Upper-Level Courses 2020-2021

For most upper-level courses, the prerequisite is six credits of second-year English, third-year standing, or by permission of the instructor.  Prerequisites for individual courses may be found here.

Fall 2020

CourseCourse DescriptionDegree RequirementProfessor
 300
Backgrounds to English Literature      Literature and Traditions, Pre-1700Doughty
 325
Topics in Environmental LiteratureLiterature and CultureWytenbroek
 326
Topics in Globalization and CultureLiterature and CultureSmith
 328
Gender and Sexuality in LiteratureLiterature and CultureStephens
 329
Topics in Children's and Young Adult Literature 
Literature and CultureGrafton 
 335
Survey of Canadian LiteratureLiterature and CultureMoosa
 348
Topics in 18th-Century Literature Literature and Traditions, 1700-1900Atkinson
 390
Topics in Word and ImageWord and ImageHagan
 480
Research MethodsLiterature and CriticismLane 

Spring 2021

CourseCourse DescriptionDegree RequirementProfessor
 314
Modern Critical TheoryLiterature and CultureStephens
 315
Advanced Workshop in CompositionLiterature and WritingTorkko 
 330
Topics in Speculative Narrative Literature and CultureAtkinson
 332
Topics in Indigenous LiteraturesLiterature and CultureWatkins
 342
Topics in Renaissance Literature 
Literature and Traditions, Pre-1700Crover
 350
Topics in 19th-Century Literature Literature and Traditions, 1700-1900Doughty 
 352
Topics in 20th- and 21st-Century Literature Literature and TraditionsArmstrong 
 396
Literature and FilmWord and ImageWyntenbroek  

NOTE: Any course descriptions or reading lists here are tentativeCheck back for updates.

Course Descriptions: Fall 2020

ENGL 300: BACKGROUNDS TO ENGLISH LITERATURE

Professor Terri Doughty

Blended Delivery Format; Available Entirely Online

What do Tolkien, Marvel Comics, J. K. Rowling, and heavy metal music have in common? They have all found inspiration in Norse mythology, which continues to inform literary and popular culture today. In this course, we will read the main source material for Norse mythology, the prose and poetic eddas, with some consideration of connections with early English literature; study the connection between the rediscovery of Norse literature and culture in the eighteenth and nineteenth centuries and the forging of English national identity; and finally explore contemporary fiction by Neil Gaiman and A. S. Byatt that reworks Norse mythology to address issues related to cultural transformation, fluidity of identity, free will, fate, and war.

 


ENGL 325: TOPICS IN ENVIRONMENTAL LITERATURE

Professor Lynn Wytenbroek 

 

Literature that celebrates the natural world has been around for centuries. More recently, though, much literature with an environmental theme is showing an increasing concern about the state of the environment. This course will look at poetry, fiction, non-fiction prose and film, primarily from the 20th and 21st centuries, that reflect the growing concern about our environment and some that simply celebrates the wonder of nature as a reminder of what we are fighting to preserve. Selected texts may include selections from Thoreau’s Walden, Kingsolver’s Animal, Vegetable, Miracle andMcKibben’s Eaarth, and novels such as Anderson’s Feed and Giono’s The Man Who Planted Trees.


ENGL 326: TOPICS IN GLOBALIZATION AND CULTURE 

Professor Toni Smith

Petrocultures: Oil, Culture, and Literature

How to transition out of a fossil-fuel driven world economy is a central problem of our age, but the oil industry has been shaping cultures, nations, households, identities, and ecosystems for more than a century.  Authors from oil-shaped countries—including our own—have written extensively about the complexity of life in petro-nations, where colonialism, neo-colonialism, capitalism, labour, race, gender, culture, and class all intertwine with conflicts over land and water.  Join us to explore these issues through novels from Saudi Arabia, Egypt, Nigeria, the US, and Canada.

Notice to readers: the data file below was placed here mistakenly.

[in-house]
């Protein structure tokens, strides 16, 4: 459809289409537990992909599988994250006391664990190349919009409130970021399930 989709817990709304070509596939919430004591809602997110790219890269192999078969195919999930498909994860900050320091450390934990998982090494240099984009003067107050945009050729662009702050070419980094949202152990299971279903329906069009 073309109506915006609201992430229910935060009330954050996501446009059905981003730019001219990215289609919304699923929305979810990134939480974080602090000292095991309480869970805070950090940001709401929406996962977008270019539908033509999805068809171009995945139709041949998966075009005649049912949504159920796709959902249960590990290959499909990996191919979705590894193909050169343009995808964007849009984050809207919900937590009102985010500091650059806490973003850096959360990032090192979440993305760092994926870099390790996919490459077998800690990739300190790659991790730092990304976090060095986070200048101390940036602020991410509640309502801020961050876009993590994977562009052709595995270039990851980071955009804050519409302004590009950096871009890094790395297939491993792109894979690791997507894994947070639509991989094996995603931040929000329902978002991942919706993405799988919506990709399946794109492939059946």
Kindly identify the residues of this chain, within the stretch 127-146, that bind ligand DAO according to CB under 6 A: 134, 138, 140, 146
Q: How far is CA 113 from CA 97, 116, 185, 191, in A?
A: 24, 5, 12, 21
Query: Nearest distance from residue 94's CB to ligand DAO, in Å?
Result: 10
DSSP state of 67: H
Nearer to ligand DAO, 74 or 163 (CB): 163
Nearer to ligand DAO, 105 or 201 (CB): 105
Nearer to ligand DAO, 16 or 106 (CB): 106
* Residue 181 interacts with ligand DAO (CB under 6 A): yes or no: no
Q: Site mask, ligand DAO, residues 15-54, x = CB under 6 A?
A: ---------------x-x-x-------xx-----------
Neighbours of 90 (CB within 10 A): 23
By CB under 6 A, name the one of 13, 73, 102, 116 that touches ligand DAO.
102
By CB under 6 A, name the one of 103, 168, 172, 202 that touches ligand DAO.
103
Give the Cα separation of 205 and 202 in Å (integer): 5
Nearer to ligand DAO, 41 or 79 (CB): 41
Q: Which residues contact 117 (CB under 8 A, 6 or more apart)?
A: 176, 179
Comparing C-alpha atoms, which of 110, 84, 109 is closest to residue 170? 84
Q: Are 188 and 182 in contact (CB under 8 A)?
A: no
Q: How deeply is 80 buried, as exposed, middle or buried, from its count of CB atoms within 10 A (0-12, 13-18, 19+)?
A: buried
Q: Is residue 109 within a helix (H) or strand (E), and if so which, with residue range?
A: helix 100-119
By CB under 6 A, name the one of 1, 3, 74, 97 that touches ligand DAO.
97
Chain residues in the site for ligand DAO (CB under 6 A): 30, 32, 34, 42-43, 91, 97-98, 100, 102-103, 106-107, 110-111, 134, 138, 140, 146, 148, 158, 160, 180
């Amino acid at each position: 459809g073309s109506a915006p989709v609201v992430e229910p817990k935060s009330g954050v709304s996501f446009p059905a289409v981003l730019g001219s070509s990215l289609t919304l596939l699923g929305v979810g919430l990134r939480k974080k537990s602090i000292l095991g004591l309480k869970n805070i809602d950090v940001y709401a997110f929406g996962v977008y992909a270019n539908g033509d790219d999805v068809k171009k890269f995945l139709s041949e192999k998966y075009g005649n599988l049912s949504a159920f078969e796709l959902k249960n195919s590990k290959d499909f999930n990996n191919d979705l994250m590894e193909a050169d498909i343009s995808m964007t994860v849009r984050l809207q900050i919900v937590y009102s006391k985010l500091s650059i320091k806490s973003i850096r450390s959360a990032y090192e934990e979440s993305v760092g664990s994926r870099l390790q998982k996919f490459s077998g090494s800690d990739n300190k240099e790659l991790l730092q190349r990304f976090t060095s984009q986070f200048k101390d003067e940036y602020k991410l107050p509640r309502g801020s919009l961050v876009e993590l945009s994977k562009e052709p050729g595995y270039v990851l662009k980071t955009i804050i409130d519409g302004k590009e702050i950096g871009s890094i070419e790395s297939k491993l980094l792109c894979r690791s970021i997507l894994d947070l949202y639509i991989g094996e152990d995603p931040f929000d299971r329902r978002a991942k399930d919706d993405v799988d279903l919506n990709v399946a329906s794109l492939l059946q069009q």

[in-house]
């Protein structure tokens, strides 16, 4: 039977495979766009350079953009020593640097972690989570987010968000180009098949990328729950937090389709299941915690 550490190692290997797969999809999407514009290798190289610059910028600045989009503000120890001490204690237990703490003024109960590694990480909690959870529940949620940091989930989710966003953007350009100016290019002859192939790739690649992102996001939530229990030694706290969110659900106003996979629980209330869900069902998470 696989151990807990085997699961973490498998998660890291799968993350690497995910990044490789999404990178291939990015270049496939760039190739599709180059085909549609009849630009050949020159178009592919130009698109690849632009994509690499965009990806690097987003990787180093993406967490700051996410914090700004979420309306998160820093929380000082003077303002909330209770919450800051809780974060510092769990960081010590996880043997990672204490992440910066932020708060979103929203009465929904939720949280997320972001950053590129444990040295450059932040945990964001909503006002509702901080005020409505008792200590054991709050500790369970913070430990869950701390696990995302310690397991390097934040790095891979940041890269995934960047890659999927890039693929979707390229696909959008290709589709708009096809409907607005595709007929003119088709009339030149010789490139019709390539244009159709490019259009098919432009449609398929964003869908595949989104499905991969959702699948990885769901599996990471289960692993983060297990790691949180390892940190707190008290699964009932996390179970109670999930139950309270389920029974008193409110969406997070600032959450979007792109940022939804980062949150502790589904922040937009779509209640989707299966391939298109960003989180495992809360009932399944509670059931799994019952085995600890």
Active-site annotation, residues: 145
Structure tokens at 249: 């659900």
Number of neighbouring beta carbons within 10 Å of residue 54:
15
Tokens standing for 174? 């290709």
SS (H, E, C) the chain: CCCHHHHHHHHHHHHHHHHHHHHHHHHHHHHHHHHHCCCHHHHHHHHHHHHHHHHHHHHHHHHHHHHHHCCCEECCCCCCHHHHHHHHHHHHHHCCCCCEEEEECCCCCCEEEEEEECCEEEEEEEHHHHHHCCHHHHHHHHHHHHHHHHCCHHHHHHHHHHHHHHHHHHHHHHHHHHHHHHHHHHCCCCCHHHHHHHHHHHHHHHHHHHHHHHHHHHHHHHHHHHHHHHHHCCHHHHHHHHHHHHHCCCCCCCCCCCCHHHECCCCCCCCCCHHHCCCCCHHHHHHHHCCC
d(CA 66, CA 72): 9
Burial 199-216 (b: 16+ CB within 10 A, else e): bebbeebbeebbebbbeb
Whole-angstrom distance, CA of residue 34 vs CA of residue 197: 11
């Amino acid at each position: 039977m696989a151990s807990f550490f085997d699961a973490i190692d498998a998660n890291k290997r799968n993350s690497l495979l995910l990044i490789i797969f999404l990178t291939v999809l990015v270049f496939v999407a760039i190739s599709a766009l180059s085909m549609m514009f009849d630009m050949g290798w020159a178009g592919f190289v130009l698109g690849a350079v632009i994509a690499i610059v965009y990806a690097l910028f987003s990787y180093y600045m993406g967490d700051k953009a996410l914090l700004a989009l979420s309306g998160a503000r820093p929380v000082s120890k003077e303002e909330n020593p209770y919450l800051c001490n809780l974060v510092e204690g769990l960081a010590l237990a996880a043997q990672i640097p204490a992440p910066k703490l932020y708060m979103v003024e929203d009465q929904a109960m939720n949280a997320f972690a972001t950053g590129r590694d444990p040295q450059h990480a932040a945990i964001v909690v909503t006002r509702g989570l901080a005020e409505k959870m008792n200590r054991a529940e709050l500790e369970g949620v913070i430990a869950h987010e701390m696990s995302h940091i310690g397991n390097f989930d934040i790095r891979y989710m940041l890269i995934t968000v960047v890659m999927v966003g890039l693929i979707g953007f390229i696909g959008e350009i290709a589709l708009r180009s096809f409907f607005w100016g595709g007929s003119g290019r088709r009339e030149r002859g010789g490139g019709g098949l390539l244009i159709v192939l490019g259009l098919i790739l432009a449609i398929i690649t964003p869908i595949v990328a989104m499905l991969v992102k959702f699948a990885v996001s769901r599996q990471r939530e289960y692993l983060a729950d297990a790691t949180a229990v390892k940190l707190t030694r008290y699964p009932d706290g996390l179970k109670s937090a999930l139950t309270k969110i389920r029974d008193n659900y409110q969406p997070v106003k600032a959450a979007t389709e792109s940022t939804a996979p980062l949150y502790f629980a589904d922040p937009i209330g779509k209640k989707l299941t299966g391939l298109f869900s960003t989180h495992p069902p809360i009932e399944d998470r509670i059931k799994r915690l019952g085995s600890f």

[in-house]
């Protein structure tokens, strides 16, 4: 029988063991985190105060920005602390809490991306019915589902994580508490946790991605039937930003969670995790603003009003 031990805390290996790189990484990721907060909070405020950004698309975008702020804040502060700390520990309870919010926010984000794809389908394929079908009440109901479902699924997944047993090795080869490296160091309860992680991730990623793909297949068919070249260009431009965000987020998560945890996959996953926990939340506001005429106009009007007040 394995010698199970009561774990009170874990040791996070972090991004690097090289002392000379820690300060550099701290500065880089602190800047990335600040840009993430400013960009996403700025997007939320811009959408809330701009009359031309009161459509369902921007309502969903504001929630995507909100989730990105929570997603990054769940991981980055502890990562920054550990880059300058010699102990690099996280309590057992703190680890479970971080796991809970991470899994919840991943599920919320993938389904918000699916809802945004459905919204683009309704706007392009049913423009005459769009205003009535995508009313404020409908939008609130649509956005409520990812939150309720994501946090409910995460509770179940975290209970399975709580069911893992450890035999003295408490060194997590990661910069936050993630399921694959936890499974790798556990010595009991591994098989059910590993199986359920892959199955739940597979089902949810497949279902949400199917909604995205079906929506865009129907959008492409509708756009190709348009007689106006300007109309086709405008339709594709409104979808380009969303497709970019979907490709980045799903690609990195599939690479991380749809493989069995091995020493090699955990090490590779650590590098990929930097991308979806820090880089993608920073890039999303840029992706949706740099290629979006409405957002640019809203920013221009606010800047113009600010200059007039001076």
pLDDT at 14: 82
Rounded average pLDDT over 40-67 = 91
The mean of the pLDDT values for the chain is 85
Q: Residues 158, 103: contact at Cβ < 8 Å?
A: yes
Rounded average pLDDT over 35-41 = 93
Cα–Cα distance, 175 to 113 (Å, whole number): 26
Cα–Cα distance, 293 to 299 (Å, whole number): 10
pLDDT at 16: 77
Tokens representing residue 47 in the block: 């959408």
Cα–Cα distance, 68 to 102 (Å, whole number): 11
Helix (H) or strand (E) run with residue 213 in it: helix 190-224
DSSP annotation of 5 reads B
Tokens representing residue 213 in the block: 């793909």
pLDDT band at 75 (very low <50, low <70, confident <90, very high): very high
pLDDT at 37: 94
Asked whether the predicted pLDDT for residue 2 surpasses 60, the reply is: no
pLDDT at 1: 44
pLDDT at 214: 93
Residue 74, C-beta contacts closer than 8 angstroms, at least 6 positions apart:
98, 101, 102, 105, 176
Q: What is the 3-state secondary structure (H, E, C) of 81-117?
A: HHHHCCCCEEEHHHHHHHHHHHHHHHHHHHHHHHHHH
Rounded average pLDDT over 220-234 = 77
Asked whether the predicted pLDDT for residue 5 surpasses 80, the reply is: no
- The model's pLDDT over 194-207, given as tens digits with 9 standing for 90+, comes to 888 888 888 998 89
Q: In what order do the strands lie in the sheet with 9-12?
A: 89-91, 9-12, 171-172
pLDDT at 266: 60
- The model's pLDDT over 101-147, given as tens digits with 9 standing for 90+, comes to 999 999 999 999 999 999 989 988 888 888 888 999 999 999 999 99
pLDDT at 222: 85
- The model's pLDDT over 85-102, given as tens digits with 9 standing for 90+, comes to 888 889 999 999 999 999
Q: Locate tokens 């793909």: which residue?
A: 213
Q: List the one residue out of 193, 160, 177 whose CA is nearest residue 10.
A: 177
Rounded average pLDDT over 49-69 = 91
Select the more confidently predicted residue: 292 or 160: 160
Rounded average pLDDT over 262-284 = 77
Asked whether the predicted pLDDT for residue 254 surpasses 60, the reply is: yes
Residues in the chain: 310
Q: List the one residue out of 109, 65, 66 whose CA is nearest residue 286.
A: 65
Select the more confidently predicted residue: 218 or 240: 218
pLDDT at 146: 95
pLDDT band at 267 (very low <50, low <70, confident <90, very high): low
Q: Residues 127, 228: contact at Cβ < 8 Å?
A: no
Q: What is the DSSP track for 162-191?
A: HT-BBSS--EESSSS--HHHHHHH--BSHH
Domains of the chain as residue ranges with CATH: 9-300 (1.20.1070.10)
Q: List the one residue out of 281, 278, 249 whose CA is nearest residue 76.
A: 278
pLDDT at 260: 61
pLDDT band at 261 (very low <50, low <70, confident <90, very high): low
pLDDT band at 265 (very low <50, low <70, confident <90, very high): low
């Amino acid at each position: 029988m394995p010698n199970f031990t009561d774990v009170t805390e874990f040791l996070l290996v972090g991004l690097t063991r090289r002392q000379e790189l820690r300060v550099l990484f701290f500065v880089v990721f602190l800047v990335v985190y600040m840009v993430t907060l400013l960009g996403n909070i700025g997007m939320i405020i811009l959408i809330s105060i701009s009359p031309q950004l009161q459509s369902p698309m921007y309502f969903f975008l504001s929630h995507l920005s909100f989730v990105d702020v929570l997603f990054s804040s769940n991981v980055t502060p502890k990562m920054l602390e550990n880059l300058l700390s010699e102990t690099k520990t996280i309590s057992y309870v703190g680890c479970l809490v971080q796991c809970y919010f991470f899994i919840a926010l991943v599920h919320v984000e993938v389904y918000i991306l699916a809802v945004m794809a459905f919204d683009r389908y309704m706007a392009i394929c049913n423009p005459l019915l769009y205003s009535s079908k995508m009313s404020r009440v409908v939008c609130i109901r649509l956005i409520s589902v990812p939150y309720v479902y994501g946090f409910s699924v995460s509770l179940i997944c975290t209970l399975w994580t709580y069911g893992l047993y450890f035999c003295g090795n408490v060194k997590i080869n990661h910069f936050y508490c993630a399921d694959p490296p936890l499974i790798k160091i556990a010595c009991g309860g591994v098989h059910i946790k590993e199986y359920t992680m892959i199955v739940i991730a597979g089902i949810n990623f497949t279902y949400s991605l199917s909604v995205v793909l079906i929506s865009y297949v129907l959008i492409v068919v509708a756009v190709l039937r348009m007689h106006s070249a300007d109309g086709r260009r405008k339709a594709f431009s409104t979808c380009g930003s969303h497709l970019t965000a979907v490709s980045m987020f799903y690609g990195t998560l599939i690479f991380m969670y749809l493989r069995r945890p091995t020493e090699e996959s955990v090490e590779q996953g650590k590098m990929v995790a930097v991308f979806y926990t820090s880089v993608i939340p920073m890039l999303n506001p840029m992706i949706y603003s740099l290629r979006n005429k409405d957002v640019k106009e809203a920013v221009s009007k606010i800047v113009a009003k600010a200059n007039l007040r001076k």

ENGL 328: GENDER AND SEXUALITY IN LITERATURE 

Professor Melissa Stephens

English 328 will use an intersectional lens through which to examine written and visual narratives of gender and sexuality, focusing on race and class diversity, as well as LGBTQ2 experiences. We will explore theories of agency, trauma, affect, and desire in relation to topics such as reproduction and parenting, childhood and adolescence, education, and political activism. 


ENGL 329: TOPICS IN CHILDREN'S AND YOUNG ADULT LITERATURE

Professor Janet Grafton

A study of texts written primarily for children and young adults. Topics may include picture books, fairy tales, the child in nature, the changing constructions of childhood/adolescence, censorship, crossover literature, and others.  


ENGL 335: SURVEY OF CANADIAN LITERATURE 

Professor Farah Moosa 

A broad historical survey of Canadian fiction, drama, and/or poetry. This course will include an examination of cultural and theoretical contexts.


ENGL 348: TOPICS IN 18TH-CENTURY LITERATURE 

Professor Anna Atkinson

Women’s narratives of captivity

The 18th century saw the sudden rise of the trope of captivity in women’s writing. Frequently, it went along with the trope of travel (and was, in fact, one of the ways of solving the problem of getting a female character to change locations), and Nancy Armstrong and Leonard Tennenhouse argue that it was the first truly American genre—perhaps the only genre that America gave literature. From the “real life” experiences of Mary Rowlandson and Hannah Dustan, to fictionalizations such as Françoise de Graffigny’s Lettres d’une Peruvienne, to classics such as Clarissa, the tension between victimization and moral authority is nearly electric. That said, it is important to note that captivity went both ways, and we will likely take a critical look at what became the story of Pocahontas; we may venture outside of the 18th century at the end of the narrative to make sure that Indigenous voices are heard, possibly in Leslie Marmon Silko’s Gardens in the Dunes.